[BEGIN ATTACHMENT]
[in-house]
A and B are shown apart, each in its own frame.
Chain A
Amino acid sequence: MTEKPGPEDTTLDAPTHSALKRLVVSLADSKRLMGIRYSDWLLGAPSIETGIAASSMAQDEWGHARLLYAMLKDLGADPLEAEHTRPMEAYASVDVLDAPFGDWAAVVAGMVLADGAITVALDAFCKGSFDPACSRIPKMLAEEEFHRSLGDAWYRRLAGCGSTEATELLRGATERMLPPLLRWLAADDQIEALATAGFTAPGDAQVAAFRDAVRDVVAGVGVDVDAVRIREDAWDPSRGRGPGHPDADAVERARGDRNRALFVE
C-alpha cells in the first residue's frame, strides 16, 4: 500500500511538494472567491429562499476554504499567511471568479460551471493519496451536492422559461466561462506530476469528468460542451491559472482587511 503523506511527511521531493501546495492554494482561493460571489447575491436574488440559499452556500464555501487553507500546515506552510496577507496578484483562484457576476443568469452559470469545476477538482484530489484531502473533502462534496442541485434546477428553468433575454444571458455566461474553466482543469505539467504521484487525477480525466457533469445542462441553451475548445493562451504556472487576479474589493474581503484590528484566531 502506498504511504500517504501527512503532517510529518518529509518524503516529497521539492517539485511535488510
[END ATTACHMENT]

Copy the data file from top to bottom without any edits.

[in-house]
A and B are shown apart, each in its own frame.
Chain A
Amino acid sequence: MTEKPGPEDTTLDAPTHSALKRLVVSLADSKRLMGIRYSDWLLGAPSIETGIAASSMAQDEWGHARLLYAMLKDLGADPLEAEHTRPMEAYASVDVLDAPFGDWAAVVAGMVLADGAITVALDAFCKGSFDPACSRIPKMLAEEEFHRSLGDAWYRRLAGCGSTEATELLRGATERMLPPLLRWLAADDQIEALATAGFTAPGDAQVAAFRDAVRDVVAGVGVDVDAVRIREDAWDPSRGRGPGHPDADAVERARGDRNRALFVE
C-alpha cells in the first residue's frame, strides 16, 4: 500500500511538494472567491429562499476554504499567511471568479460551471493519496451536492422559461466561462506530476469528468460542451491559472482587511 503523506511527511521531493501546495492554494482561493460571489447575491436574488440559499452556500464555501487553507500546515506552510496577507496578484483562484457576476443568469452559470469545476477538482484530489484531502473533502462534496442541485434546477428553468433575454444571458455566461474553466482543469505539467504521484487525477480525466457533469445542462441553451475548445493562451504556472487576479474589493474581503484590528484566531 502506498504511504500517504501527512503532517510529518518529509518524503516529497521539492517539485511535488510